Kyle Rann is just 13 years-old and he should be able to expect to attend school like everyone else.
But the youngster, who has additional learning needs, has been passed from pillar to post by Buckinghamshire County Council (BCC) and the education system for the past six years, four years without a school to go to and two years in a part time placement.
Kyle's needs do not mean he cannot be taught in a mainstream school setting, but he does need a learning assistant and speech and language therapy to support this.
The family have been embroiled in a bitter feud between schools, BCC, and have had to attend three tribunals in a fight to get Kyle the education he deserves.
Kyle was left out of junior school for four years while Buckinghamshire County Council searched for the right placement, one that matched his EHC plan and could provide a place where Kyle could flourish, giving him the best chance of getting ahead in life.
An EHC plan is a legal document that describes a child or young person's special educational, health and social care needs. It explains the extra help that will be given to meet those needs and how that help will support the child or young person to achieve what they want to in their life.
Kyle was eventually shoehorned into Millbrook School, but none of his provisions were met, and this caused him to fall a full school year behind in his progress, which was documented by the Local Authority educational psychological report.
Kyle's parents, Harminder and Gary claim were forced to go to their first tribunal after Senco and Millbrook's headteacher ignored their concerns, leaving no other option but to remove him from the school and wait for BCC to find a school where he will be supported as per his EHCP.
SEND Tribunals are a way parents can challenge local authorities when their child's schooling needs are not being met.
They are an expensive process, but many SEND parents feel that they are the only way of having their voices heard.
As a result of this tribunal, Kyle was allocated a place at Kingswood School, which had an ARPS, so Harminder and Gary had no choice but to accept this.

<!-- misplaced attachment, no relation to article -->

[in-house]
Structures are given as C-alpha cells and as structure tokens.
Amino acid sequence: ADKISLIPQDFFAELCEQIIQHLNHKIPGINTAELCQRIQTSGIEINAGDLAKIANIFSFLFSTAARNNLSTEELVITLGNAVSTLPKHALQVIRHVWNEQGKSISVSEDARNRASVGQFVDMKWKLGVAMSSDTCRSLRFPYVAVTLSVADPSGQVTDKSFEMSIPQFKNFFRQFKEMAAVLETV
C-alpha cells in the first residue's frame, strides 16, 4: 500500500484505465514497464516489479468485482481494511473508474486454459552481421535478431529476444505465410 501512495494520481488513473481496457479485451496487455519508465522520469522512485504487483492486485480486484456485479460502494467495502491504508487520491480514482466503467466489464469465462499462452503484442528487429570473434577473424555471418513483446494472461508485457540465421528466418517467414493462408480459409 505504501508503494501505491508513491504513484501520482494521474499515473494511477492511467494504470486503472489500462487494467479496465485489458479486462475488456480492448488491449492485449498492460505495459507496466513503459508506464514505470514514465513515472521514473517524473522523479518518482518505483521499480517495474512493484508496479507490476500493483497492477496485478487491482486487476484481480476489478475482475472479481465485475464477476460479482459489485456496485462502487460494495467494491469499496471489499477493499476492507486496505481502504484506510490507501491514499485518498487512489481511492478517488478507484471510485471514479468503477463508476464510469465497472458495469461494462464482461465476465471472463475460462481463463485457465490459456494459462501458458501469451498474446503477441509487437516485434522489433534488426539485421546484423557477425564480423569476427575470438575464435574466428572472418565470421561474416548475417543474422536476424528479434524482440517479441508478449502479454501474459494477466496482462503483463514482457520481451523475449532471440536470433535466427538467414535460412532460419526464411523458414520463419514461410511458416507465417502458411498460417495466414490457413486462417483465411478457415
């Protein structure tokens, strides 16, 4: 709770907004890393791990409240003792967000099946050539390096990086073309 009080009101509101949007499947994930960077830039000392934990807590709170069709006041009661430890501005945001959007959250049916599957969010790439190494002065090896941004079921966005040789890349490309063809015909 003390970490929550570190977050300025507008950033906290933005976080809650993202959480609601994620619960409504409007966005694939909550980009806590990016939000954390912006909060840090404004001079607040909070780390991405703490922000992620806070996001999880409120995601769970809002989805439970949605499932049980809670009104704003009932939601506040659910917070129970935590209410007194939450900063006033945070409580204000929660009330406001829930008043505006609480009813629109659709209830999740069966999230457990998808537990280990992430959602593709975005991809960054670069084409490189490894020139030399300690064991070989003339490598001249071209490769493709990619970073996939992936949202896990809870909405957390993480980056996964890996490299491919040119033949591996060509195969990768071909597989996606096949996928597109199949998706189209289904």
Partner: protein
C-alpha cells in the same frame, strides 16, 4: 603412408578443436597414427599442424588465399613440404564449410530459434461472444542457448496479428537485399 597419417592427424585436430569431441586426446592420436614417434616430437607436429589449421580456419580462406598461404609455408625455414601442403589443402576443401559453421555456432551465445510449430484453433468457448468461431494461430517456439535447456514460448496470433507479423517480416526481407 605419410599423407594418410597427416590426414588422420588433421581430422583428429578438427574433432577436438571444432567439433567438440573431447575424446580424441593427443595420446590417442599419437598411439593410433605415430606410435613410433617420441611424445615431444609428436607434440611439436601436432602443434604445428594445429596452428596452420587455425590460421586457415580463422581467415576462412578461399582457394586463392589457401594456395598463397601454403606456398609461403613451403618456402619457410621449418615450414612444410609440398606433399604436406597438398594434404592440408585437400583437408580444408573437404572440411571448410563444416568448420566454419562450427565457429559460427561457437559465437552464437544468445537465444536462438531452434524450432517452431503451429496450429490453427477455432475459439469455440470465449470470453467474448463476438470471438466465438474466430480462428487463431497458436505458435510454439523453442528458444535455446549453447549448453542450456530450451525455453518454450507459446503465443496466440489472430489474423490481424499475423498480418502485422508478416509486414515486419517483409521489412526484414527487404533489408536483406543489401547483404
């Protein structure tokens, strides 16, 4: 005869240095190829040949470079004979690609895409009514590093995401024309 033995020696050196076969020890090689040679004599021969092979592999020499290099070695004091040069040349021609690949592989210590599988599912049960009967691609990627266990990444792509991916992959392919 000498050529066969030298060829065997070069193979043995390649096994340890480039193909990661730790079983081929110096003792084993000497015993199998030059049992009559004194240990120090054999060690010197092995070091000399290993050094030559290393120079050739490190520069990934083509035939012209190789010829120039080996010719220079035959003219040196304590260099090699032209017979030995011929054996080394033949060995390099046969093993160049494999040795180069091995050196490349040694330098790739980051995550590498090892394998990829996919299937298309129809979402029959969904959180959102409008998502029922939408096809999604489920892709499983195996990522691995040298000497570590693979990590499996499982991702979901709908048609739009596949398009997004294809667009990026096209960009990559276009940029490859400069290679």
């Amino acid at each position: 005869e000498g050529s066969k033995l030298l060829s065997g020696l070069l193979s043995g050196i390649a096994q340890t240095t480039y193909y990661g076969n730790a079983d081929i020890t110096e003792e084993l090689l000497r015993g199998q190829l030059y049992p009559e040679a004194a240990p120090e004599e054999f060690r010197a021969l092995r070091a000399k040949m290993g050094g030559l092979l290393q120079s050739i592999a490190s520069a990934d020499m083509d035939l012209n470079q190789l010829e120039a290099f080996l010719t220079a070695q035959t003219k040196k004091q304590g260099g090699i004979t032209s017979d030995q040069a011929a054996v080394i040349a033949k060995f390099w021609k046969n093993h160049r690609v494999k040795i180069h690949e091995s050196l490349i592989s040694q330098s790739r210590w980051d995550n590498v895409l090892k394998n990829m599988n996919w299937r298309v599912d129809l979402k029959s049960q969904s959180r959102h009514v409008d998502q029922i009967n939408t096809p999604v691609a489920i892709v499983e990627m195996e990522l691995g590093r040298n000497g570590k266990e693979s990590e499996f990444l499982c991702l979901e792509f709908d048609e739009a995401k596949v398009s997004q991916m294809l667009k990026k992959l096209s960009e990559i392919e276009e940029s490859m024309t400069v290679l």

An ARP is provision, within a mainstream school, designed to provide specialist and targeted support for children with long term special educational needs.
Harminder said: "The head of Kingswood made it quite clear very early on that they did not want Kyle, and they could not support his additional schooling needs. No provision was provided for him during his time at school, despite being promised a learning support assistant (LSA) during the tribunal.
"Kyle was at school at Kingswood for two weeks part time, and came home crying every day, extremely disturbed and left with no support.
"This had an extremely detrimental effect on his mental health, he stopped eating, and had to take 15 days off school as he was so unhappy."
Child and Adolescent Mental Health Services (CAHMS) got involved with Kyle, the school were still failing to provide any support or work for him while he was at home.
Following this, the school made an extremely damaging allegations against the family which resulted in social services being involved, yet dropped the allegations just two days later citing no evidence.
This was two days before the Rann family were forced into their second tribunal against Buckinghamshire County Council.
Harminder said: "We have heard excuse, after excuse, after excuse. Kyle has suffered from being out of education for four years, and we just want what's best for our son.
"Why are BCC not complying with the EHCP plan? He's lost out on his education and not only this, his social development has been seriously hindered by this. The lack of support he's recieved has resulted in severe emotional trauma and anxiety.